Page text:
-After you know they're clean, you will need to do something about the static buildup that collects on the measure. Some guys wipe all the parts down with an anti-static dryer sheet. I don't, but I know it works.
-Next step, I like to use a bit of powdered graphite to coat the interior of the measure. You can also just load the measure up with powder and cycle a few dozen charges through it to let some of the residual graphite coat the measure. I like to speed up the process by using powdered graphite lock/zipper lubricant to speed the process along.
-After that, load the hopper at least half full of powder (and don't forget the baffle that Highboy mentioned). Set your measure to your desired charge using the scale. Then throw a couple dozen charges or so to ensure you're where you want to be and you're getting a consistent charge.

That's my typical prep steps for the measure and scale.

I do run Titegroup through my measures (a Hornady with the small chamber or an old Redding) and I do get fairly consistent results with it in both measures.
0.2gr deviation is acceptable for me using that powder.
I'm not charging with it mounted on a progressive press though, I just charge from measure into the cases in a loading block. That might cause an extra variable that I'm not familiar with.

Post back with more results and hopefully we can help ya get things squared away.
Darn good post, I agree. I get as much as a +/- .2g charge from both my Hornady powder measures, and my RCBS Little Dandy powder measure. Also, that +/- .o2g is with the large rotor in both Hornady powder measures. One of my Hornady powder measures has the powder baffle (the one on the progressive press) and the other does not. Even with all of that they will tend to run .2g either way.

My digital Hornady scale is the cheap-o scale, but because yours warmeed up I am going to assume yours in AC powered so it is better quality. What scale is it?
 

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Poser,

The Hornady digital comes with a 50 and 10g weight and the scale and I was able to get consistent weights using both...which means its probably operator error?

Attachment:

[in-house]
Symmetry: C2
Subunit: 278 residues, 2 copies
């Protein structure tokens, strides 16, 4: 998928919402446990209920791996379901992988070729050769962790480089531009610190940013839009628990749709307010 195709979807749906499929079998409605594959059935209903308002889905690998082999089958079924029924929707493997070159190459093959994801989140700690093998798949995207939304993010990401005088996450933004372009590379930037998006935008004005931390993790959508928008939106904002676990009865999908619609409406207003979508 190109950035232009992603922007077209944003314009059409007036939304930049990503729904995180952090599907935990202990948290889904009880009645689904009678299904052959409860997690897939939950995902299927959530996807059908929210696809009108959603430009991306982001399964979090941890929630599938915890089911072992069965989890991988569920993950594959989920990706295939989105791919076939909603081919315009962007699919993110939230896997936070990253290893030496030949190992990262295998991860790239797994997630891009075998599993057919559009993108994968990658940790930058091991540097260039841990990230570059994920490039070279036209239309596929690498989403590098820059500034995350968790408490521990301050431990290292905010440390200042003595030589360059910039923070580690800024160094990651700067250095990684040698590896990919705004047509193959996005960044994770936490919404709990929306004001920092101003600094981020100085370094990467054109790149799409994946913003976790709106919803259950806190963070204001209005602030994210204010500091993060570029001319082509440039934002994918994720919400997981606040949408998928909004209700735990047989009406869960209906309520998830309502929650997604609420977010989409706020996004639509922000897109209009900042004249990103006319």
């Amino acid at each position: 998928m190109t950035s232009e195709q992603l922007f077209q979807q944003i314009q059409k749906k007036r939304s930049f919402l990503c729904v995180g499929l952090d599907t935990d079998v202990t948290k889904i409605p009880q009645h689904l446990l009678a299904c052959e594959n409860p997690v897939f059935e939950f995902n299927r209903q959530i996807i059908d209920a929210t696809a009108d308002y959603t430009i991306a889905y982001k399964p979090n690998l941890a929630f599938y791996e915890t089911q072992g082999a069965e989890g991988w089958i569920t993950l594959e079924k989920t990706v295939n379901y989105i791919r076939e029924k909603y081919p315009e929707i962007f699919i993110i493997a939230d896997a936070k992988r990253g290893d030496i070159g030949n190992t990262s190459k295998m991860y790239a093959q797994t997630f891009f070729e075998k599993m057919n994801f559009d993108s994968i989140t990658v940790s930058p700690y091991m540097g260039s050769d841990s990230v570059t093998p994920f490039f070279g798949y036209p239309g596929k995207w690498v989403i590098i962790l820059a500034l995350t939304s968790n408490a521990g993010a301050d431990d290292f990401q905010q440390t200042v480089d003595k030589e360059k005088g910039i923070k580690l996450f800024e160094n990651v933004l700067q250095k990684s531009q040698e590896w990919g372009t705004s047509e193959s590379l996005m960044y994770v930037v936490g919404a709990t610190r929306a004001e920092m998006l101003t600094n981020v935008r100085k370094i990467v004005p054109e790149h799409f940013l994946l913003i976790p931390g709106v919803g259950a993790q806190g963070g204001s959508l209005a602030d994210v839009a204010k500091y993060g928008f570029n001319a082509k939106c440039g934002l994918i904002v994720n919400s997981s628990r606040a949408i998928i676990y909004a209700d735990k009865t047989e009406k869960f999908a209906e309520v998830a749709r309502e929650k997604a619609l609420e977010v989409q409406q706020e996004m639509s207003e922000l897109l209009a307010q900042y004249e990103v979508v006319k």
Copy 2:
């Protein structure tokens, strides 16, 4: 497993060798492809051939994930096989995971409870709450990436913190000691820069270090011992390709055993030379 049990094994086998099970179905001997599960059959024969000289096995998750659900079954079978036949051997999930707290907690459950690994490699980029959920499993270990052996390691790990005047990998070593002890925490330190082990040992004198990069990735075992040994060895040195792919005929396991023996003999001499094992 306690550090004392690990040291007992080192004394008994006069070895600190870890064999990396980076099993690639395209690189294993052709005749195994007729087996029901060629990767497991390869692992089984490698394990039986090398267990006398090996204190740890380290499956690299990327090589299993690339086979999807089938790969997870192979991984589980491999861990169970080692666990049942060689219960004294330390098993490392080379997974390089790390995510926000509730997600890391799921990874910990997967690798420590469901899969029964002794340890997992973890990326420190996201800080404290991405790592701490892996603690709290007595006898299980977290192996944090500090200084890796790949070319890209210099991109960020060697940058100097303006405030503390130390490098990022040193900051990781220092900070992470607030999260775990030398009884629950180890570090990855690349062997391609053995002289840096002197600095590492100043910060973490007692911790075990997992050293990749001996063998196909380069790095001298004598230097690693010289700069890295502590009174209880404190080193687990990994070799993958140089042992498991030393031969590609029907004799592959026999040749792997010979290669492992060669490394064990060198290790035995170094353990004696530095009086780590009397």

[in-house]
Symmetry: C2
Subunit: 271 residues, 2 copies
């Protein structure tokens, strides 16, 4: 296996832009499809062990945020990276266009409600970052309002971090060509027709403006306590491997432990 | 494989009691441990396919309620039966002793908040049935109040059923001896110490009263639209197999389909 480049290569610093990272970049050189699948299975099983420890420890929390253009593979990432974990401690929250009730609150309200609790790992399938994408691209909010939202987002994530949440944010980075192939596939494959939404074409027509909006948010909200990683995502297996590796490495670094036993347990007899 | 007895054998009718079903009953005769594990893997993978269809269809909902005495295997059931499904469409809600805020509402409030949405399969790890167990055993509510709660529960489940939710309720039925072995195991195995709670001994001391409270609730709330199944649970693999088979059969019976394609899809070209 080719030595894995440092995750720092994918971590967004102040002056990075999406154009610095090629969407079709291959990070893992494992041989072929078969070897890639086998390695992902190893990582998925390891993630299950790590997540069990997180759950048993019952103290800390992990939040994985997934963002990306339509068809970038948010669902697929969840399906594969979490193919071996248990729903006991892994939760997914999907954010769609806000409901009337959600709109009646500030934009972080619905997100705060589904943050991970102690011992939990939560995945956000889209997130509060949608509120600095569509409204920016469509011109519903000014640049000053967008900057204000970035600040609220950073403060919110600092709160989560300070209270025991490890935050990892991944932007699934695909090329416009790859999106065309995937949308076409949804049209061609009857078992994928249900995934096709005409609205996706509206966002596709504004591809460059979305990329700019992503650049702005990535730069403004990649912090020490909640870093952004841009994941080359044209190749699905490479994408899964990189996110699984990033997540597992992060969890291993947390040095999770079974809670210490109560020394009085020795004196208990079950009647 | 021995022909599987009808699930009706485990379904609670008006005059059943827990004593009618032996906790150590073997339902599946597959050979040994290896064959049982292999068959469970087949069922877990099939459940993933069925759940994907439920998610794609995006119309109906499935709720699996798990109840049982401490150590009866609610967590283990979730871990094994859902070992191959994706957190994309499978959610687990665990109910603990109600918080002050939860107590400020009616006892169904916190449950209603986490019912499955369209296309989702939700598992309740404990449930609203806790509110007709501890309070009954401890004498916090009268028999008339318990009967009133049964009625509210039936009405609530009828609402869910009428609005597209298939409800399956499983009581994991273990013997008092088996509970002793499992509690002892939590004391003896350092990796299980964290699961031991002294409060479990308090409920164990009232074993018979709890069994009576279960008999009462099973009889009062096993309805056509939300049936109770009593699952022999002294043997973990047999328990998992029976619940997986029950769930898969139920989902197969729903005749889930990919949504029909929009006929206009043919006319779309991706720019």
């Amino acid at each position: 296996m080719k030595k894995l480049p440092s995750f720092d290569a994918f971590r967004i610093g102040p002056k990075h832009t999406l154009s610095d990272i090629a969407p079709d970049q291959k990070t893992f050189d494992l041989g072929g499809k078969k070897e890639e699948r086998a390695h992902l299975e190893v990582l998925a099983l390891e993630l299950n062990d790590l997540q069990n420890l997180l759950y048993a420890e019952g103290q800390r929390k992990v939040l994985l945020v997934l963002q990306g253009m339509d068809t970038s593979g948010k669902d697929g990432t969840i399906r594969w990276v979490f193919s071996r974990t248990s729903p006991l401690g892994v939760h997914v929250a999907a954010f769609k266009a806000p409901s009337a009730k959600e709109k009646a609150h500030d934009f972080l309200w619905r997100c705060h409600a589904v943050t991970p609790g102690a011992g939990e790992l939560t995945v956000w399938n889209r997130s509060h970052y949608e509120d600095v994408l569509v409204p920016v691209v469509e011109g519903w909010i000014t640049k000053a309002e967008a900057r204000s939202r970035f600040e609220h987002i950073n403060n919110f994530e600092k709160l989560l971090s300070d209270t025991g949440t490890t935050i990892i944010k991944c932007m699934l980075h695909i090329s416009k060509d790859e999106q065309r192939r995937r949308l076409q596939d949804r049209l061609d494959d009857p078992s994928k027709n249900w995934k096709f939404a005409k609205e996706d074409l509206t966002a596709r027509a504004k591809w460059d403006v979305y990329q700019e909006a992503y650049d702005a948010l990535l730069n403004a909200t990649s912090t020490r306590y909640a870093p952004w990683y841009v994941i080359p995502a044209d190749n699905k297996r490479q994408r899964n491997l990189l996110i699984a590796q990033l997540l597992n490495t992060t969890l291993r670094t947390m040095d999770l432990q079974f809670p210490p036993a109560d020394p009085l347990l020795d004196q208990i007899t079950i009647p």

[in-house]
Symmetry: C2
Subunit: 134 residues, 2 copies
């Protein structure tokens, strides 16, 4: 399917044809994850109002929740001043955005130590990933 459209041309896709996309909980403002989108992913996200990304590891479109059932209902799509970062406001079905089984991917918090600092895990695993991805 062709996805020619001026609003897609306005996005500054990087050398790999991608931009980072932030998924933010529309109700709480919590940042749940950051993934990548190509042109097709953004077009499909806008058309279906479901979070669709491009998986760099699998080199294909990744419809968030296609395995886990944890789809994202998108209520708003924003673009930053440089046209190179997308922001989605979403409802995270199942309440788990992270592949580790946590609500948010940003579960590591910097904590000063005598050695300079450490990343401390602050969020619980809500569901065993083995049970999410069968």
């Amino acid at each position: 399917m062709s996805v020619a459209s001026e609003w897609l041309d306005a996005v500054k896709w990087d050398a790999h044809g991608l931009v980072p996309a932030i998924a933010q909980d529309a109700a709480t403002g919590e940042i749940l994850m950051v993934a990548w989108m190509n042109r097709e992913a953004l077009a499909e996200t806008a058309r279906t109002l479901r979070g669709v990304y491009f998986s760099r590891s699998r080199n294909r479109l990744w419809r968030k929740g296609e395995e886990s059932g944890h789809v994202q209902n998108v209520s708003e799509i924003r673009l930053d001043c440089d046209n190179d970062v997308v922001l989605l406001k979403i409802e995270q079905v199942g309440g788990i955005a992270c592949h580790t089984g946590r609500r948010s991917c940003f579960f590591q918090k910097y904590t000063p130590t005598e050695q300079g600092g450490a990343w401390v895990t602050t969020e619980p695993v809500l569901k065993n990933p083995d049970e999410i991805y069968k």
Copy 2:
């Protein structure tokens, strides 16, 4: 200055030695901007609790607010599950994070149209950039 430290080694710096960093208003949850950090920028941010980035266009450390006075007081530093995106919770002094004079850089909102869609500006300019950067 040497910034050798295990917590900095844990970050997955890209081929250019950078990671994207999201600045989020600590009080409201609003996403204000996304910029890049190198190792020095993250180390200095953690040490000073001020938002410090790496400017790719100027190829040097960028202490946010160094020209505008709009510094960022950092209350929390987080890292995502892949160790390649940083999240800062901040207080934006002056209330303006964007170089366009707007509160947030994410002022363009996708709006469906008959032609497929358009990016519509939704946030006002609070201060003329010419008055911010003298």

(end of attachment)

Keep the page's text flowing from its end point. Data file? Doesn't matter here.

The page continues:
I counted out my cadence to ensure that I was "timing" things correctly.
If you're getting consistent and correct weights on the 50g and 10g weights, but inconsistent weights on the powders, then it sounds like it's your powder throws that are fluctuating, and not the scale.

Bindernut pretty much covered the troubleshooting in his post. By doing one throw and measuring that same amount of powder ten separate times, you should be able to determine if it's the scale or not. If the same powder throw measures the same weight (or very close) consistently through ten measurements, the scale is fine. If you measure the same amount of powder ten times and get wildly varied readings, your scale is being disagreeable.
 

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Titegroup is stated as a spherical powder when in fact it is more like a small flake and out of my RCBS Uni-Flow powder dispenser until I added a powder baffle in the drop tube would give me variances of .3 grains on a regular basis. Prior to the baffle I would drop the charges purposely lite and when the loading block was full I would drop each charge into the pan on my Chargemaster 750 and bring them up to weight with a powder trickler. Not putting more than an ounce or so of powder in the dispenser at a time tends to cut down on the powder wanting to stack and pack in the tube and helps as well. When using flake like 2400 I lash an engraving tool to the dispenser with rubber bands to vibrate the dickens out of it while keeping the handle at the top of its stroke to hold the powder chamber open so that it does pack the chamber for most consistant readings.

10 Spot
 

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OK Birnley, it just hit me like a ton of bricks. It may be a long shot, but lets at least discuss it.

When I use the small rotor, that is for when I am under about 5g of powder,,, give or take. So, if you have the large pistol rotor there is a chance the metering knob is close enough to the O.D. of the rotor that it is causing fluxuatiuons in the throws. In other words, if you were to screw your metering knob in, step-by-step and cycle the powder measure up and down each time you turned the knob eventually the metering knob will make contact with the rotor and begin scraping. You would feel that. It would feel as if the powder was "Extra" hard to cut when in reality the rotor and metering know are beginning to meet. I believe that is some where around 3-4 g depending on the powder you are running. So in theory, your metering knob could be coming a little too close to the rotor and what you are seeing is the deviation change in the rotor surface/ metering knob and it is showing in the inconsistent throws of the powder measure. The small rotor has a smaller metering knob end which makes it so you can sneak up on the rotor much closer getting smaller but accurate charges.

Try to run 2 to 3 g and I'll bet you your metering knob will drag on the rotor.